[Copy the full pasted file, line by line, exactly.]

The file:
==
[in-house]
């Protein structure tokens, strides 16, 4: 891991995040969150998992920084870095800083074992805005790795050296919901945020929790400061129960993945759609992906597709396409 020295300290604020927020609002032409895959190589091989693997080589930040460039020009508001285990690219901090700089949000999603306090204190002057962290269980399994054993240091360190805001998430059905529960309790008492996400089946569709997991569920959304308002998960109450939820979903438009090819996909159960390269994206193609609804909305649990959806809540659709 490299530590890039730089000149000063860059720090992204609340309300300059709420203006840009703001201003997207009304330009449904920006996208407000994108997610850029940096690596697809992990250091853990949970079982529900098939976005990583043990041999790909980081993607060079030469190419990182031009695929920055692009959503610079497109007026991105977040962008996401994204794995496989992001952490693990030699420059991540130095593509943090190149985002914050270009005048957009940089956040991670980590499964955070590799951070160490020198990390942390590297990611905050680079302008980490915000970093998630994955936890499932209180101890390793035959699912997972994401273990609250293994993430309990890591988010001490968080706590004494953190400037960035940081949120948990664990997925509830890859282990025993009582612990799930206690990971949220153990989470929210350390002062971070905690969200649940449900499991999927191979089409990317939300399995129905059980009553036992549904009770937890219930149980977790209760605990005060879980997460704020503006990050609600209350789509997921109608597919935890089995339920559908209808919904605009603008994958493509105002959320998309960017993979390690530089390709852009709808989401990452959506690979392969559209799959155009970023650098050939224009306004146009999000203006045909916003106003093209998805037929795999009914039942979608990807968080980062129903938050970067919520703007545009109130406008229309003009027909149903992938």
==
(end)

[in-house]
């Protein structure tokens, strides 16, 4: 891991995040969150998992920084870095800083074992805005790795050296919901945020929790400061129960993945759609992906597709396409 020295300290604020927020609002032409895959190589091989693997080589930040460039020009508001285990690219901090700089949000999603306090204190002057962290269980399994054993240091360190805001998430059905529960309790008492996400089946569709997991569920959304308002998960109450939820979903438009090819996909159960390269994206193609609804909305649990959806809540659709 490299530590890039730089000149000063860059720090992204609340309300300059709420203006840009703001201003997207009304330009449904920006996208407000994108997610850029940096690596697809992990250091853990949970079982529900098939976005990583043990041999790909980081993607060079030469190419990182031009695929920055692009959503610079497109007026991105977040962008996401994204794995496989992001952490693990030699420059991540130095593509943090190149985002914050270009005048957009940089956040991670980590499964955070590799951070160490020198990390942390590297990611905050680079302008980490915000970093998630994955936890499932209180101890390793035959699912997972994401273990609250293994993430309990890591988010001490968080706590004494953190400037960035940081949120948990664990997925509830890859282990025993009582612990799930206690990971949220153990989470929210350390002062971070905690969200649940449900499991999927191979089409990317939300399995129905059980009553036992549904009770937890219930149980977790209760605990005060879980997460704020503006990050609600209350789509997921109608597919935890089995339920559908209808919904605009603008994958493509105002959320998309960017993979390690530089390709852009709808989401990452959506690979392969559209799959155009970023650098050939224009306004146009999000203006045909916003106003093209998805037929795999009914039942979608990807968080980062129903938050970067919520703007545009109130406008229309003009027909149903992938």